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Ex-Miami DEA Agent Allegedly Part of Huge Colombian Drug-Money-Laundering Ring
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Ex-Miami DEA Agent Allegedly Part of Huge Colombian Drug-Money-Laundering Ring

While living in Cartagena, Colombia, Jose Irizarry allegedly held lavish yacht parties with bikini-clad prostitutes. He took first-class flights to Europe and brought along some Louis Vuitton luggage and a gold Hublot watch. He funded his lifestyle by stealing cash from Colombian drug dealers and engaging in schemes to launder money between Colombia and South Florida.

He was also a top U.S. Drug Enforcement Agency employee.

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Last September, the federal government charged Gustavo Yabrudi, a dual Venezuelan-American citizen, in Tampa federal court with conspiracy to commit money laundering. Yabrudi has since pleaded guilty. But court documents in those cases list four "co-conspirators" who worked alongside Yabrudi in South Florida and Latin America: Three of those four lived in Miami-Dade County, according to court records. "Co-conspirator 3" was listed as "a resident of Miami-Dade County, Florida, and Colombia who worked as a Special Agent for the United States Drug Enforcement Agency (DEA)."

The Associated Press yesterday reported that Irizarry was the third conspirator and that Yabrudi had been working as Irizarry's DEA informant. (Witnesses said in court transcripts that Yabrudi helped arrange money "pick-ups" between drug dealers and undercover DEA agents.) Unnamed sources within the federal government told the AP that Irizarry is now the subject of a criminal probe and that his alleged corruption scheme is one of the biggest black eyes in DEA history. Given Colombia's status as a haven for drug traffickers, the agency considers its Colombian offices some of the most important in its (failed) global War on Drugs. Irizarry was described as a "star" agent in Miami who racked up tons of high-profile arrests before he was promoted and moved to Cartagena. He declared bankruptcy in 2010 but, by the time he moved to Colombia, was somehow throwing yacht parties. His second wife was also reportedly related to the Colombian mafia.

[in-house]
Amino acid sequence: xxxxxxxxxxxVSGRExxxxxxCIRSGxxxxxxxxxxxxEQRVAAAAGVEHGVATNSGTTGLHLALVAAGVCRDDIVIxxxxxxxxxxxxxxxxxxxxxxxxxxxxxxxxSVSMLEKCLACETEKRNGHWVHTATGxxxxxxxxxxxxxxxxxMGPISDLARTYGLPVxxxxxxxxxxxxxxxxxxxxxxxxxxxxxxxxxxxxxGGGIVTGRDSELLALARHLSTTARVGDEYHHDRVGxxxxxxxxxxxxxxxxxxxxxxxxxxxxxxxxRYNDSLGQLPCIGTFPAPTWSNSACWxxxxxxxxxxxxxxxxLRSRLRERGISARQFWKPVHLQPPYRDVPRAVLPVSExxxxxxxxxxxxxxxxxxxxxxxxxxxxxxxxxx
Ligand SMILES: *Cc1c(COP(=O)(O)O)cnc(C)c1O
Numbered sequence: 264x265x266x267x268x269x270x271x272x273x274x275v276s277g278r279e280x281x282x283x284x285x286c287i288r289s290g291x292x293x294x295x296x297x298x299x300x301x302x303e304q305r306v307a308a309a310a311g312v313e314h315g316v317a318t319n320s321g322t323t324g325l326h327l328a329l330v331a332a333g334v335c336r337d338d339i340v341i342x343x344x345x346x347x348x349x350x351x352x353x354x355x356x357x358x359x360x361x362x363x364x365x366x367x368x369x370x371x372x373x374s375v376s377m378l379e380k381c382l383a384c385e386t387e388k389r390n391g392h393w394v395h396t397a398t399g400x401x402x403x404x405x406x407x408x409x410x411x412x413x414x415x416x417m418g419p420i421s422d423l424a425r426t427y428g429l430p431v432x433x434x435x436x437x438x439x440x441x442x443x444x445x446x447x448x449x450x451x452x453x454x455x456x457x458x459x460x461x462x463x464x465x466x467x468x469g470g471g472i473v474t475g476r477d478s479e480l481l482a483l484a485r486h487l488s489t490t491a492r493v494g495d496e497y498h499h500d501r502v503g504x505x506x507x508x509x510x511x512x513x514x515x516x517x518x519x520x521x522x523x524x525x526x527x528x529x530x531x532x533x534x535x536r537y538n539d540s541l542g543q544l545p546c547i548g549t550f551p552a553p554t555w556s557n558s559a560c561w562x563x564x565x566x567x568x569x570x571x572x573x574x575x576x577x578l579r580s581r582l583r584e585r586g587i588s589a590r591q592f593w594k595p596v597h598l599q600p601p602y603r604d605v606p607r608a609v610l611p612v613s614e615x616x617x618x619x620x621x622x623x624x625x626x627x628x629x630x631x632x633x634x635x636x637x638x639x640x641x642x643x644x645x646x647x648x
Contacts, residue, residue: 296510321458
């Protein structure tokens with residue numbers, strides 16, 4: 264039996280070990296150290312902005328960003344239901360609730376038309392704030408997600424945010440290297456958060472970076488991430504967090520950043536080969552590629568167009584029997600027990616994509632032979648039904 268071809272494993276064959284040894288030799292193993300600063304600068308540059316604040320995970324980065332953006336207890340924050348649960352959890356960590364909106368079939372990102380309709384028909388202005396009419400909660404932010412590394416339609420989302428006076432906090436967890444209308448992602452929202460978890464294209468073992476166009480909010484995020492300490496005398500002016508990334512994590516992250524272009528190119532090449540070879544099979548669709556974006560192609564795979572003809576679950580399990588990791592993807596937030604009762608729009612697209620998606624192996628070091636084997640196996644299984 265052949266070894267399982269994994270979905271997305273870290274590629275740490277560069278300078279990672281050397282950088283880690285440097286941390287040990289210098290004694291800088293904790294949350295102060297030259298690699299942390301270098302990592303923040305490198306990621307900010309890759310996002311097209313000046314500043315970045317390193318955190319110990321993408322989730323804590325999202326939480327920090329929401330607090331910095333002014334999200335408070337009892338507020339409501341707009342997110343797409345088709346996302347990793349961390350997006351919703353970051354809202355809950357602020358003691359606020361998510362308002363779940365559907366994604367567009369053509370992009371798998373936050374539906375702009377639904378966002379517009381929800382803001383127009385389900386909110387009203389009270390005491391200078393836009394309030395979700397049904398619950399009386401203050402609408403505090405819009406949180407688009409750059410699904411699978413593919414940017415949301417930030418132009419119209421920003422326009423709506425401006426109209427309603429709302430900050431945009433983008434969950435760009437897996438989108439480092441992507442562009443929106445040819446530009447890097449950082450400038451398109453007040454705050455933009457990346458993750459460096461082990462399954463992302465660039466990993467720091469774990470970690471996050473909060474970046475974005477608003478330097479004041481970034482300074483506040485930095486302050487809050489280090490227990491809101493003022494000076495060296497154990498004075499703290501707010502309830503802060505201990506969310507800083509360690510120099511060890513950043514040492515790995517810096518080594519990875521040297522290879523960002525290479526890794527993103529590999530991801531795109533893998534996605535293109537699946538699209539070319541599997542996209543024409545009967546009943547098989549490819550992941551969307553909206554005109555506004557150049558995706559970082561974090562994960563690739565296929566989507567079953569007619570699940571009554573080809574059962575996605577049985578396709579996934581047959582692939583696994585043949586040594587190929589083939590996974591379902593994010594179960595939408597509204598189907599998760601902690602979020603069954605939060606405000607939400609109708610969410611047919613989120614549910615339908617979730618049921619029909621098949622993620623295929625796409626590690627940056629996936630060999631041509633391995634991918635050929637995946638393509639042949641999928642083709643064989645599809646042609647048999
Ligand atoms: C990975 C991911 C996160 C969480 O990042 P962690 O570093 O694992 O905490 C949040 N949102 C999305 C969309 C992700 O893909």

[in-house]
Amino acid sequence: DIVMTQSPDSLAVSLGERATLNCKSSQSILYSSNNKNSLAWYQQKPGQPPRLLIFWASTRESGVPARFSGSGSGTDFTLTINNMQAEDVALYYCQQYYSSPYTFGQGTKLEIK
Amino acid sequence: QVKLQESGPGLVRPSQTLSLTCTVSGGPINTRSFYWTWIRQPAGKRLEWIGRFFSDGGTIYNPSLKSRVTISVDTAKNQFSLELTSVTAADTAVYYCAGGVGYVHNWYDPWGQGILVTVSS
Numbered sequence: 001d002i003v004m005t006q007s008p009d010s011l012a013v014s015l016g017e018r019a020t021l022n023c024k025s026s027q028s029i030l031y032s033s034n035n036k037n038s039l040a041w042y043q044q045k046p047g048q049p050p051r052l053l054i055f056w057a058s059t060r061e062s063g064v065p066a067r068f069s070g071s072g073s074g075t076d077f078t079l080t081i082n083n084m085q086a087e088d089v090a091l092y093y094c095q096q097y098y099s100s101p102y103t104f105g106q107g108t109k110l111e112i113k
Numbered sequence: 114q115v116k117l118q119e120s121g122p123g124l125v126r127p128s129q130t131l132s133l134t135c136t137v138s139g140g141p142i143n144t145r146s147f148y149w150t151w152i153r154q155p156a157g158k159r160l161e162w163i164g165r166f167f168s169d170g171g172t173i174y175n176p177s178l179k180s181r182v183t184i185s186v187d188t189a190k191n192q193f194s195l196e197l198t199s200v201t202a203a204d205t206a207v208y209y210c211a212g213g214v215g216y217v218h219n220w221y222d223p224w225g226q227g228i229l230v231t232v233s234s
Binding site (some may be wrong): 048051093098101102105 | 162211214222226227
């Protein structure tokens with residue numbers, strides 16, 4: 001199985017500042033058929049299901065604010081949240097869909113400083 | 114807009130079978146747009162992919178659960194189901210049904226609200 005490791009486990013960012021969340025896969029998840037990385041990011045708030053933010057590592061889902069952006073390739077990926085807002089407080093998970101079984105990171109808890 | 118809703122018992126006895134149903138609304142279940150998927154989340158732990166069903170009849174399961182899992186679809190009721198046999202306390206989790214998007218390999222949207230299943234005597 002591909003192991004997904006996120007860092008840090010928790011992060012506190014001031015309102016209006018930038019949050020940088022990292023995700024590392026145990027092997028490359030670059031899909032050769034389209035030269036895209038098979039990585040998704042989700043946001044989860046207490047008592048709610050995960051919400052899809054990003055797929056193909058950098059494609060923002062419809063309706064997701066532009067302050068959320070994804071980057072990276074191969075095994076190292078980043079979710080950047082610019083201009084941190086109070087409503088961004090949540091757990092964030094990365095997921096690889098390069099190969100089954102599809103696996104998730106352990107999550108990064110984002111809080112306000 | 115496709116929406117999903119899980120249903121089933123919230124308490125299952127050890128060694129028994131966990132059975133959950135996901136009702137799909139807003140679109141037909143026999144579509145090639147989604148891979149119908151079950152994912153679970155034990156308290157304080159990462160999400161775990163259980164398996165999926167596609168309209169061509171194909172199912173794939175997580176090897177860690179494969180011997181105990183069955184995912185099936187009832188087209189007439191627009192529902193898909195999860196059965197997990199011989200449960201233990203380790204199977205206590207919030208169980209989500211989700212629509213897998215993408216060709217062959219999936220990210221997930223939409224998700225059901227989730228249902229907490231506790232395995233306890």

New Times could not independently confirm the AP's details. But court documents allege the five conspirators would skim cash from Colombian drug sales in the United States, ship it back to Colombia, and convert it to Colombian pesos using extremely favorable, black-market Colombian money-exchange programs. The feds said the group moved $7 million that way. In some cases, the group allegedly used a Miami-based cell-phone company to buy goods using dirty money and then export the phones to Colombia to be sold for pesos. Prosecutors also stated in recent court filings that Yabrudi worked with Irizarry to open bank accounts across Florida, into which the two deposited money from drug sales.

Court records allege Irizarry also helped the group steal funds from the DEA.

"It was also part of the conspiracy that conspirators would and did obtain illegal drug proceeds held in DEA undercover accounts," which the group laundered back into Colombia, a September 2018 government-forfeiture document reads. Prosecutors later added that Irizarry "provided conspirators, including Yabrudi and Co-Conspirator 4, access to funds contained in DEA undercover accounts." The other conspirators then allegedly paid kickbacks to Irizarry.

Of course, Irizarry began to trip up. The AP reported yesterday that the feds caught onto his scheme when the agent began brazenly stealing from the DEA and screwing up legitimate agency business. In one case, an $87,000 wire transfer to a Cali Cartel drug trafficker went missing. But that trafficker was apparently an informant for the Miami-Dade County Money-Laundering Strike Force. County cops then complained to the Justice Department, which reportedly led to Yabrudi's arrest.

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